John Boehner Is Now Leading the Charge to Privatize the VHA

The broader assault on the agency is designed to sap public trust in government.

The hospital industry’s stake in the privatization of the Veterans Health Administration was on display on October 22, when former speaker of the House John Boehner played a major role in the Cleveland Clinic’s Medical Innovation Summit 2018.  Borrowing Silicon Valley’s favorite term, the conference theme was “Disruption: Reimagining Healthcare.” In front of an audience of 800 doctors, health industry entrepreneurs, and manufacturers, he reimagined a healthcare system that is totally dominated by healthcare corporations and devoid of all government programs.

As Cleveland Clinic CEO and President Tom Mihaljevic, who is also a physician, sat by his side, Boehner argued that “Medicare and Medicaid are bankrupting the federal government.” The private sector, he continued, plays a more important role in research than the National Institute of Health. Boehner reserved his most pointed words for the Veterans Health Administration. The VHA, he said, was “hopeless and unnecessary and provides substandard care for our veterans who deserve the best care.”  A total assault on the VHA’s 11,000 physicians—and, by extension, thousands of other healthcare professionals—Boehner added that, “If you’re a real doctor, you’re probably not working at the VA.”

Boehner’s remarks ignited a  protest from veterans, advocates, VA doctors and the union that represents the VA’s workers, the American Federation of Government Employees. “While it’s certainly not surprising to hear Mr. Boehner spread such vile and slanderous statements about our country’s largest and best health care system,” said AFGE’s National President J. David Cox Sr., “it’s quite disheartening to the hundreds of thousands of women and men who have dedicated their lives to caring for our nation’s veterans.”

Thomas B. Horvath, the former VA Chief of Staff at the DeBakey Houston VA Medical Center, has pointed out in a letter to the clinic that the Rand corporation and several peer reviewed studies showed that “the VA is as good or better as any other health care system and even the Cleveland VAMC stacks well with respect to yours. It is uncollegial to provide a platform for Boehner’s ignorant assertions.”

Faced with such a heated response, the Clinic is, not surprisingly, trying to distance itself from Boehner’s remarks. In response to a critical letter, the head of the Cleveland Clinic’s Corporate Communications department, Eileen Shiele said it was “very disappointed with that comment and it does not reflect the position of Cleveland Clinic whatsoever.” In an email to the Washington Monthly, Shiele emphasized that Mihaljevic said he did not agree with Boehner’s statements while they shared the stage.  When asked to provide a transcript of Mihaljevic’s exact comments, she said she would try to locate a transcript. As of this writing, we have not received one.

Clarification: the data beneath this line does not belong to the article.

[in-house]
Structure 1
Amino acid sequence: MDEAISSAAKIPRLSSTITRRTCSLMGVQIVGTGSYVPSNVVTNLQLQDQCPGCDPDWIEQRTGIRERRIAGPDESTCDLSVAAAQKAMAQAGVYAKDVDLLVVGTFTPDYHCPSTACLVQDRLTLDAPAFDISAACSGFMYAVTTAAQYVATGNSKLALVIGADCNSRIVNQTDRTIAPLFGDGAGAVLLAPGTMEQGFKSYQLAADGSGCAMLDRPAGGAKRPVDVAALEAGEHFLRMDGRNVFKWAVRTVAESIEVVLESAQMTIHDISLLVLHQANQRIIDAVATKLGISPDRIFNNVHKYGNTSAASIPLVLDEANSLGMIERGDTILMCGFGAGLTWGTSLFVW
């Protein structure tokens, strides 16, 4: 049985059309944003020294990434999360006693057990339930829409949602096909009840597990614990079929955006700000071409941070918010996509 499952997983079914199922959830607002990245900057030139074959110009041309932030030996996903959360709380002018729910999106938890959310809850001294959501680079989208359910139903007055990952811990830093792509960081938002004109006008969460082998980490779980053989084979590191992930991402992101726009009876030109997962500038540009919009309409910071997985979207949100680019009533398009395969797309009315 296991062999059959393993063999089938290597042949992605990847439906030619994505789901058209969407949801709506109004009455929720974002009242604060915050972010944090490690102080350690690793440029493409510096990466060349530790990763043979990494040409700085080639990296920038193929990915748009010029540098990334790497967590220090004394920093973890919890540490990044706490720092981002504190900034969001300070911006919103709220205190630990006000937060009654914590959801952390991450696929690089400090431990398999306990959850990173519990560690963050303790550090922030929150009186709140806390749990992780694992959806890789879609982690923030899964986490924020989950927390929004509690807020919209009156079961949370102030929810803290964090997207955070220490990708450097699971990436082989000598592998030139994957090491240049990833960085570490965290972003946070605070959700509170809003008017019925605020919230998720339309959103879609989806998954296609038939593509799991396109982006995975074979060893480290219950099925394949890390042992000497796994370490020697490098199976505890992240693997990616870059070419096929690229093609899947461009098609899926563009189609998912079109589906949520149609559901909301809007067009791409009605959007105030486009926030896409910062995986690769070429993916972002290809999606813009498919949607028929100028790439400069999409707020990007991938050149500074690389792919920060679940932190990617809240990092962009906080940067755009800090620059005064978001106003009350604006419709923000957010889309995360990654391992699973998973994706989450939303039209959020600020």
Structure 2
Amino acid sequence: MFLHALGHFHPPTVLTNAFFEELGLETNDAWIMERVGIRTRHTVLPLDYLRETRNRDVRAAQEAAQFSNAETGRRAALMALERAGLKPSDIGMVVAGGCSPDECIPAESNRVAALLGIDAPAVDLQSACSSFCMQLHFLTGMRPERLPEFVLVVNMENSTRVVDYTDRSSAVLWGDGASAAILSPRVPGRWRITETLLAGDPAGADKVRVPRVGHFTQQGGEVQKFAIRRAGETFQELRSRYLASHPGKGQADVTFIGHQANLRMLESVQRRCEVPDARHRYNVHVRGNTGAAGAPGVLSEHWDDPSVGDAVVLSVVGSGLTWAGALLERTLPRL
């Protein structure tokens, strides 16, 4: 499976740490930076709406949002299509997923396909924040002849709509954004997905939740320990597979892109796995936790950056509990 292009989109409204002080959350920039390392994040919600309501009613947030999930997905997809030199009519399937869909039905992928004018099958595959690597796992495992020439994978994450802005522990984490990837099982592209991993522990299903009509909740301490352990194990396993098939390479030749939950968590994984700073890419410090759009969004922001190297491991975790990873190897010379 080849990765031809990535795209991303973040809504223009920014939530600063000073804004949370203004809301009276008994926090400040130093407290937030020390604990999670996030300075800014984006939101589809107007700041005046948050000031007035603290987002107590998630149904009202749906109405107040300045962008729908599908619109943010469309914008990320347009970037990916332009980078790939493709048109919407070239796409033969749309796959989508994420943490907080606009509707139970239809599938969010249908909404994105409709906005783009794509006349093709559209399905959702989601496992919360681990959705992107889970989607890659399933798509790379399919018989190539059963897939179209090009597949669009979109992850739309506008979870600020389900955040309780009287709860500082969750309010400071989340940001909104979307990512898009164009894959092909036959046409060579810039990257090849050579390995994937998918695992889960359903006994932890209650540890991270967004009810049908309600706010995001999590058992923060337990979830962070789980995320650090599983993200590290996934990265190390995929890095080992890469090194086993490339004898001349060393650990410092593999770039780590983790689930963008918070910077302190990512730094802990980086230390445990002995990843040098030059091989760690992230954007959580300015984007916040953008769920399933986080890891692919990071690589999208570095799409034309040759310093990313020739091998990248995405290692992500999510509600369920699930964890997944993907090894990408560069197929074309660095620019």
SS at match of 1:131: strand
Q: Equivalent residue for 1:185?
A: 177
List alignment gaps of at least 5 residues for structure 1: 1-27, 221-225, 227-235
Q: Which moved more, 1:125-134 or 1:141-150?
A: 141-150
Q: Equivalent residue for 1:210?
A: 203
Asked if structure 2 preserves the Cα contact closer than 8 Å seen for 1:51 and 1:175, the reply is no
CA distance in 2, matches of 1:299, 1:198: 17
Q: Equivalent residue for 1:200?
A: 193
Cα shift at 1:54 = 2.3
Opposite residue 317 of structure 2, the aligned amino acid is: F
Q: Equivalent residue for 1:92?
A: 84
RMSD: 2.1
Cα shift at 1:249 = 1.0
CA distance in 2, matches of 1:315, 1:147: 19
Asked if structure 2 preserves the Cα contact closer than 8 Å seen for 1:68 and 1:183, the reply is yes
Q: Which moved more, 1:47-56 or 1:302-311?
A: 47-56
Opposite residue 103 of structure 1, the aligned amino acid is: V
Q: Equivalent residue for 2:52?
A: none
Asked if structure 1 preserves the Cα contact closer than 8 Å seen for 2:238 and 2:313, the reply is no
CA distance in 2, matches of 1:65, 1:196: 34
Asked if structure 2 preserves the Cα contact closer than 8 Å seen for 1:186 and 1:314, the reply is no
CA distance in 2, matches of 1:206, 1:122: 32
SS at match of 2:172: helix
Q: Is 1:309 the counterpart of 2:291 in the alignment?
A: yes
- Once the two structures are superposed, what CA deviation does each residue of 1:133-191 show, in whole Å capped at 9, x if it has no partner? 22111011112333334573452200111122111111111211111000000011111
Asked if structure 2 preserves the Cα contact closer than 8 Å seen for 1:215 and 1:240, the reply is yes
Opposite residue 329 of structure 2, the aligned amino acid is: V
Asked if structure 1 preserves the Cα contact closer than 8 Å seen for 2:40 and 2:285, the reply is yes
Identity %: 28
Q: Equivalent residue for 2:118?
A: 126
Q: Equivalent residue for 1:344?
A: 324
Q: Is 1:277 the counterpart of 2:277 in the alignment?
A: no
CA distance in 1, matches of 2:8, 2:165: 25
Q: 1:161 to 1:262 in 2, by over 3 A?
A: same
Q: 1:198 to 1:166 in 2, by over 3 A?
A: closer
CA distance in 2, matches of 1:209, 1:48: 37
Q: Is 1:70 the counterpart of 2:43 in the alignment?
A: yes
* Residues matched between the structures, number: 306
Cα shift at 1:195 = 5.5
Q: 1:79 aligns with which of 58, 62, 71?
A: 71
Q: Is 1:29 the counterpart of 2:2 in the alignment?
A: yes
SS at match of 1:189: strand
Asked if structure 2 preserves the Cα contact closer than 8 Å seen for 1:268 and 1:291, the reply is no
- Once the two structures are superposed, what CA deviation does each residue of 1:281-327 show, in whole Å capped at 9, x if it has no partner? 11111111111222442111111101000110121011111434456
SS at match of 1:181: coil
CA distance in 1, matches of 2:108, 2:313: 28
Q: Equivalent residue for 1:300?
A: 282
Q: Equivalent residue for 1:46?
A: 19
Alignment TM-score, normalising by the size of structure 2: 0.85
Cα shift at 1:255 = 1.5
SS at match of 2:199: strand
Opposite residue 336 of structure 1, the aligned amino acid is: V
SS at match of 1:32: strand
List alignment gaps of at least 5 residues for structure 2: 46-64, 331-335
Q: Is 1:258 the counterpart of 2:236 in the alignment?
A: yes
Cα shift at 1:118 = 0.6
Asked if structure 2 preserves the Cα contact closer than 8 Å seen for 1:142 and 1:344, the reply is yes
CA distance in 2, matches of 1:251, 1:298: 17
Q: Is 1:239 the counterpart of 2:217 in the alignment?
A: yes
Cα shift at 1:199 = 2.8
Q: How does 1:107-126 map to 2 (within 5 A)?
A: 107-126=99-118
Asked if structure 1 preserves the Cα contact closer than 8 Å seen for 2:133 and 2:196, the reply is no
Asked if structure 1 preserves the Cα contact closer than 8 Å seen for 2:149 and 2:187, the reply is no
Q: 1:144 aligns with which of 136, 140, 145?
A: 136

Boehner’s remarks are, of course, part of a broader assault on the VHA and other government programs—which are designed to sap public trust in government. As the Monthly has reported previously, these broadsides against the VHA aren’t only delivered by the Koch brothers and their ultra-right allies, but by hospitals like the Cleveland Clinic that are playing a major role in promoting VHA privatization.

Between 2014 and 2016, for example, former Cleveland Clinic CEO Delos “Toby” Cosgrove served as a co-chair of the VA Commission on Care, which was established under the VA Choice Act, to deliberate on the VHA’s future. In those discussions, commissioners were informed that, while American hospitals may abhor government-supported healthcare programs, their business model depends on the flow of billions of taxpayer dollars into their coffers.

The commissioners were supposed to engage in group discussions and then come to a consensus about their final report. Cosgrove and the six other commissioners with close ties to the industry violated this agreed-upon protocol and held a series of secret meetings in which they developed a document—the Strawman Proposal—that recommended the VHA privatization.

Given the Cleveland Clinic’s role in the debate about the future of the Veterans Health Administration, it’s hard to believe the “ innovative clinician’s and strategists” who, as the Innovation Summit advertises, carefully “curated” its discussions didn’t know exactly what they would get when they invited John Boehner to be their keynote speaker. It is also not surprising that, as of this writing, the Clinic’s CEO has neither issued a public apology to his VHA colleagues nor to the veterans they serve.

Suzanne Gordon

Suzanne Gordon is the author of The Battle for Veterans' Healthcare: Dispatches from the Frontlines of Policy Making and Patient Care and the forthcoming Wounds of War: Veterans' Healthcare in the Era of Privatization.